global-magnetic-field-of-suns-atmosphere-measured-for-the-first-time

Context: An international team of solar physicists has measured the global magnetic field of the Sun’s corona, or outer atmosphere, for the very first time. 

Background: The Sun is Earth’s closest star which is made up mostly of hydrogen, followed by helium. 

  • Temperature:The visible part of the sun is about 10,000 degrees Fahrenheit (5,500 degrees Celsius), while temperatures in the core reach more than 27 million F (15 million C), driven by nuclear reactions.
  • Sun’s atmosphere: The solar interior, from the inside out, is made up of the core, radiative zone and the convective zone. 
    • The solar atmosphere above consists of the photosphere, chromosphere, a transition region and the corona. 
    • Beyond that is the solar wind, an outflow of gas from the corona.

There are two main puzzles about the Sun. 

  • The coronal heating problem: The core of the Sun is at a temperature of about 15 million degrees, its outer layer, the photosphere is only 5700 degrees hot. 
    • However, its corona or outer atmosphere is at a much much higher temperature of about one million degrees. 
    • Scientists believe that the magnetic field of the corona causes the atmosphere of the Sun (corona) to heat up.
    • The strength of the sun's magnetic field is typically only about twice as strong as Earth's field. However, it becomes highly concentrated in small areas, reaching up to 3,000 times stronger than usual.
  • Solar flares and coronal mass ejections: These are driven by magnetic reconnections happening in the Sun’s corona. 
    • Magnetic reconnection is a process where oppositely polarity magnetic field lines connect and some of the magnetic energy is converted to heat energy and kinetic energy generating heating, solar flares, solar jets, etc.

About the experiment

  • Coronal seismology or magneto-seismology was used to measure the coronal magnetic field.

    • It measures the properties of magnetohydrodynamic (MHD) waves and the density of the corona simultaneously.

    • These waves propagate through a magnetic plasma. Once the wave properties and the density of the corona are measured, then scientists  can compute the magnetic fields in the corona.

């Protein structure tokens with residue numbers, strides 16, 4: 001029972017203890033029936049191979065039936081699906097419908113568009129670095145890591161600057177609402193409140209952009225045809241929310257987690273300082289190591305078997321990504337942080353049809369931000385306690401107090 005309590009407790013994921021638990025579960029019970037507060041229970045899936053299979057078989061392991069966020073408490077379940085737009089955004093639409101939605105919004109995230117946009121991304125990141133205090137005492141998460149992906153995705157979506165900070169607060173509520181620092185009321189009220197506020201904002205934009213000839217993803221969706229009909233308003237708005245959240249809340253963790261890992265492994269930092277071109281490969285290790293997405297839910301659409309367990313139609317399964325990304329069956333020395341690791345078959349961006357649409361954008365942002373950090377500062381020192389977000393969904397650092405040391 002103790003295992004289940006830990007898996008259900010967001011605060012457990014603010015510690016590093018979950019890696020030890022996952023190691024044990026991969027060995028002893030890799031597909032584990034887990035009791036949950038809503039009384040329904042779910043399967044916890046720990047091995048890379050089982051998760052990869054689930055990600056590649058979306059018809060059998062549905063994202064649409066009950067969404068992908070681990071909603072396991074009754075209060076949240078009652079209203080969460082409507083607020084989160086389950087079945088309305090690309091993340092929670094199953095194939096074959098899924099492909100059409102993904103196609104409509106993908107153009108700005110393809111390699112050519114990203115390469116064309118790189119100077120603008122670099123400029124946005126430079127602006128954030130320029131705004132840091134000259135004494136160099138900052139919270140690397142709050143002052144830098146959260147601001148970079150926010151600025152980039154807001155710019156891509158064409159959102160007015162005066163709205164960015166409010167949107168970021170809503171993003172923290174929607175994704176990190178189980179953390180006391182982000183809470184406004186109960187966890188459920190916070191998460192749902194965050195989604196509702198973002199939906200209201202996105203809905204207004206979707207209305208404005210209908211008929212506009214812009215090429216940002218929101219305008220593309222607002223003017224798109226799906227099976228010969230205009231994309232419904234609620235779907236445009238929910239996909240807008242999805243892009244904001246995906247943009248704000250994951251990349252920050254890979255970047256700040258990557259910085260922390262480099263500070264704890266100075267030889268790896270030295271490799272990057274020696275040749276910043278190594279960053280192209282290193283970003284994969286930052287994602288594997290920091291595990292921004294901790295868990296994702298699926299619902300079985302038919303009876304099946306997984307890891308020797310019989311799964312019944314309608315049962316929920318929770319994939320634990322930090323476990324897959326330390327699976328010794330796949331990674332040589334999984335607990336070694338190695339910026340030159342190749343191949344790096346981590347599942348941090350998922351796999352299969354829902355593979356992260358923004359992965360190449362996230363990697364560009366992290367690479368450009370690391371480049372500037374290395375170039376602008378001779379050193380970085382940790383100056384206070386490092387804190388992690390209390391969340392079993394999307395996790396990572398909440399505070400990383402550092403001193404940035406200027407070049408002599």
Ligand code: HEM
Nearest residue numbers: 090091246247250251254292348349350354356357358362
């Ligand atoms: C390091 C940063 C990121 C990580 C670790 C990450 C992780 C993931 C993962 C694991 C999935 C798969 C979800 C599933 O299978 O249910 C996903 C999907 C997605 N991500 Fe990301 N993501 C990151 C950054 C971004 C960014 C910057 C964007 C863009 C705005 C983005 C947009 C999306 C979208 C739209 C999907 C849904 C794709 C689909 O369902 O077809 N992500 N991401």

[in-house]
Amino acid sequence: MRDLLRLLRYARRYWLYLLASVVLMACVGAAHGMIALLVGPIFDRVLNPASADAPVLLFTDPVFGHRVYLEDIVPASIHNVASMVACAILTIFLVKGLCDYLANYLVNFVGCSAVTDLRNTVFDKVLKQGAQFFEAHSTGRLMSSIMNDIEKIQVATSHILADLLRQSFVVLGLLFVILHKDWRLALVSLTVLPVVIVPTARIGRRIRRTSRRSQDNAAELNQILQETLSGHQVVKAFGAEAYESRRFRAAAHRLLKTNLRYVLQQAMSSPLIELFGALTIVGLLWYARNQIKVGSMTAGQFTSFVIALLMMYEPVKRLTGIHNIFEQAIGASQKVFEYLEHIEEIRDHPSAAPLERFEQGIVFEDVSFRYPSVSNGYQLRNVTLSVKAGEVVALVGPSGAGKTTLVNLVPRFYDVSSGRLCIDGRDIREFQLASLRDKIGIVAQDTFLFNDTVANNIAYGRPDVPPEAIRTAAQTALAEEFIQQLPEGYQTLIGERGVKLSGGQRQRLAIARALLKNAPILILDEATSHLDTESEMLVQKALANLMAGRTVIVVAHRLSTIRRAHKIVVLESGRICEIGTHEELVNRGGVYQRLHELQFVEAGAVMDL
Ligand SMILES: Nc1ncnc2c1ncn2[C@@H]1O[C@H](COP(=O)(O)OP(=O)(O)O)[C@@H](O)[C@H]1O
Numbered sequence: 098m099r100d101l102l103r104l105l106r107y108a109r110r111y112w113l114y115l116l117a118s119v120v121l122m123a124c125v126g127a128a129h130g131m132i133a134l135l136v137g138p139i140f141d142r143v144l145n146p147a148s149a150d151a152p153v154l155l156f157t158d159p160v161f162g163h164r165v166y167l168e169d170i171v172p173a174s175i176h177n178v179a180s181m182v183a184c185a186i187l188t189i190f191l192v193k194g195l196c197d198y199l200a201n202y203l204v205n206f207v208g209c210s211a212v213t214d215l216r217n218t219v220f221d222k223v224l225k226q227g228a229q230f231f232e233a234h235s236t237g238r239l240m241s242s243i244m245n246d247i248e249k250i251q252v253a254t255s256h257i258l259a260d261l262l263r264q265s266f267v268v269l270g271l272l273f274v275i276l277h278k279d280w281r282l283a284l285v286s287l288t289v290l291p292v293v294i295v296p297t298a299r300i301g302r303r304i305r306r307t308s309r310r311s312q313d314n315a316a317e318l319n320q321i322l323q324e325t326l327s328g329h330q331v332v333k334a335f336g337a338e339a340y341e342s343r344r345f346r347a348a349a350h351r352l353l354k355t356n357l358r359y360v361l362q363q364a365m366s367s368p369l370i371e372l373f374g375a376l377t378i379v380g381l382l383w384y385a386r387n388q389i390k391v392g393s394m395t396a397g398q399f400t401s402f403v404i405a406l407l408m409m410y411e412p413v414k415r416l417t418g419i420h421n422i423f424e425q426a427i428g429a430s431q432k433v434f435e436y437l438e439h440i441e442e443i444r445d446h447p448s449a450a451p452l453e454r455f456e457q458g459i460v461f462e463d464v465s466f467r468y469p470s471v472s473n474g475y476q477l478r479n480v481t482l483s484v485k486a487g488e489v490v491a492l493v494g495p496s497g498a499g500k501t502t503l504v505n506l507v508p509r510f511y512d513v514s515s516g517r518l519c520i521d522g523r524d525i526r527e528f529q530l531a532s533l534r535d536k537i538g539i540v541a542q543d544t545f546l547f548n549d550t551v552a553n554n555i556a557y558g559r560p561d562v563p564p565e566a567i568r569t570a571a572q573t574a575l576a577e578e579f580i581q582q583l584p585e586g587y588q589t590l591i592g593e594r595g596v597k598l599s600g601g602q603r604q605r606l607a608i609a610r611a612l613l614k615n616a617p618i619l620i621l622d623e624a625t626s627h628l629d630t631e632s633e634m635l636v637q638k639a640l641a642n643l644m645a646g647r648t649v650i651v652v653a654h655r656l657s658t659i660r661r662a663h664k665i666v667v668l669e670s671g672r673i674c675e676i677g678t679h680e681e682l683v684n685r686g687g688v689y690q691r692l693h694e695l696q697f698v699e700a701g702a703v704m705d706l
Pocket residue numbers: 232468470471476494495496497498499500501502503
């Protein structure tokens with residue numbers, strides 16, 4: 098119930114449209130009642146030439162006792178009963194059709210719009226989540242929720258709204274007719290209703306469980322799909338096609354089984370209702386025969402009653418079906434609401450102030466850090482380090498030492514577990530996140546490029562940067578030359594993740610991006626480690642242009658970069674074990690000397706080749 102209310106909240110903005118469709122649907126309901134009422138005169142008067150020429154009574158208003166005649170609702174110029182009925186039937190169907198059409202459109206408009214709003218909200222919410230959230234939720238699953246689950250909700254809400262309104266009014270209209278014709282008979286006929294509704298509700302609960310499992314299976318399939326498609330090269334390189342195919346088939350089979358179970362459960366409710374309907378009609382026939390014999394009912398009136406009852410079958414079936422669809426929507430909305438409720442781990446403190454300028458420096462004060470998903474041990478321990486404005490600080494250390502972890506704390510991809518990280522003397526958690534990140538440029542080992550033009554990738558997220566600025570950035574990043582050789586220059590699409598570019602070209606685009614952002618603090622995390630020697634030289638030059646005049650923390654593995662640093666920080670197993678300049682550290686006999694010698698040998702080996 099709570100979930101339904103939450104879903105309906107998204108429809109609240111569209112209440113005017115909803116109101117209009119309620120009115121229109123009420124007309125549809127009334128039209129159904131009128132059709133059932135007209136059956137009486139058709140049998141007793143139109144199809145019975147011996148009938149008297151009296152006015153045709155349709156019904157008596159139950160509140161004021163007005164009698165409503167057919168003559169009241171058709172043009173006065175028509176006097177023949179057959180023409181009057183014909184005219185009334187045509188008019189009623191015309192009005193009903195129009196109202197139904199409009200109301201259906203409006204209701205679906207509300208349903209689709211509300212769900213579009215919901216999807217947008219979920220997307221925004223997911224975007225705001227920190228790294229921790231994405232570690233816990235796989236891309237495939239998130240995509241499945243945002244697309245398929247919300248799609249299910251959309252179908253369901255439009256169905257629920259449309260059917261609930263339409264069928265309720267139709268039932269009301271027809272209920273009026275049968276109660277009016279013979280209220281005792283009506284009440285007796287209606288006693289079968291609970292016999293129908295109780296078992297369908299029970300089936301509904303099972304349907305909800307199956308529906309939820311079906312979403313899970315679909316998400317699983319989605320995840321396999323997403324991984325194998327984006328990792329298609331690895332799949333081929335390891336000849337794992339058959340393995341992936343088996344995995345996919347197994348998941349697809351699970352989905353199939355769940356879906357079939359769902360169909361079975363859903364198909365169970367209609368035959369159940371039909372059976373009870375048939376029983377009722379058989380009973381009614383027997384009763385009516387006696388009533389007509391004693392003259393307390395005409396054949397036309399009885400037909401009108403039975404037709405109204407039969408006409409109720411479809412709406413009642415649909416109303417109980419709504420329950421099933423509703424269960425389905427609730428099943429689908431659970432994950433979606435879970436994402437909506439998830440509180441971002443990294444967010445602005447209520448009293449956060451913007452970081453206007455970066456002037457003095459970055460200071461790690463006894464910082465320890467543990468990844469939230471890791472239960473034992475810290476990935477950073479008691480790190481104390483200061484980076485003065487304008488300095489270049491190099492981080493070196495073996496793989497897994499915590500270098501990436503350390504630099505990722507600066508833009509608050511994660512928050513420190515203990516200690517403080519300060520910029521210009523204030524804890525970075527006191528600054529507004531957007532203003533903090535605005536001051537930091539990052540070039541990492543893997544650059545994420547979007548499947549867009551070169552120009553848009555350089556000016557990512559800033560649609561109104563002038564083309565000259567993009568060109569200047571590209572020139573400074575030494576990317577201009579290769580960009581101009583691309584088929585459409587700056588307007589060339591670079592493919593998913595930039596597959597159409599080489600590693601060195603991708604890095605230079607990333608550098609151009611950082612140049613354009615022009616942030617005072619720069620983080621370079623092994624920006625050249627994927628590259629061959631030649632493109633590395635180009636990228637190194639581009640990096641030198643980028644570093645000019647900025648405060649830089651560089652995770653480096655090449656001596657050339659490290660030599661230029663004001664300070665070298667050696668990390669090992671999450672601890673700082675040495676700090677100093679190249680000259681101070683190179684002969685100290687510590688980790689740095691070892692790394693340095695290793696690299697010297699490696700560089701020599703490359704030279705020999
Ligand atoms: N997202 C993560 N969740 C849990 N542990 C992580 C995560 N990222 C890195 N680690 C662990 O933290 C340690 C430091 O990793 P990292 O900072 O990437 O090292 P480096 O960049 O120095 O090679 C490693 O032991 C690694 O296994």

• Instrument used: The experiment used the Coronal Multi-channel Polarimeter (CoMP) is an instrument operated by High Altitude Observatory, of the U.S. 
    • It is located at Mauna Loa Solar Observatory, near the summit of that volcano on the big island of Hawaii.

Significance of experiment:

  • It is very important to measure the corneal magnetic fields regularly since the solar corona is highly dynamic and varies within seconds to a minute time scale. 
  • The measurement of global coronal magnetic fields was missing in the past since the coronal magnetic fields are very weak. 

While ground-based measurements pose challenges, India’s first solar mission, Aditya-L1 satellite will aim to measure the solar coronal magnetic fields regularly. 

The Aditya-1 mission 

  • A Satellite placed in the halo orbit around the Lagrangian point 1 (L1) of the Sun-Earth system has the major advantage of continuously viewing the Sun without any occultation/ eclipses.  

  • The Aditya-1 mission has now been revised to “Aditya-L1 mission” and will be inserted in a halo orbit around the L1, which is 1.5 million km from the Earth.  

  • The satellite carries additional six payloads with enhanced science scope and objectives.

  • Objectives: Aditya-L1 with additional experiments can now provide observations of Sun's Corona (soft and hard X-ray, Emission lines in the visible and NIR), Chromosphere (UV) and photosphere (broadband filters).

Waves 

  • Wave is a  propagation of disturbances from place to place in a regular and organized way. 

  • For example, surface waves that travel on water, sound, light, and the motion of subatomic particles all exhibit wavelike properties.

  • Waves can be longitudinal waves (for example, sound waves) or transverse waves (for example, ripples on a lake surface).
  • The properties of waves depend on the medium in which they travel. 

  • By measuring certain wave properties, some of the properties of the medium through which they have travelled can be obtained.
Image Source: NASA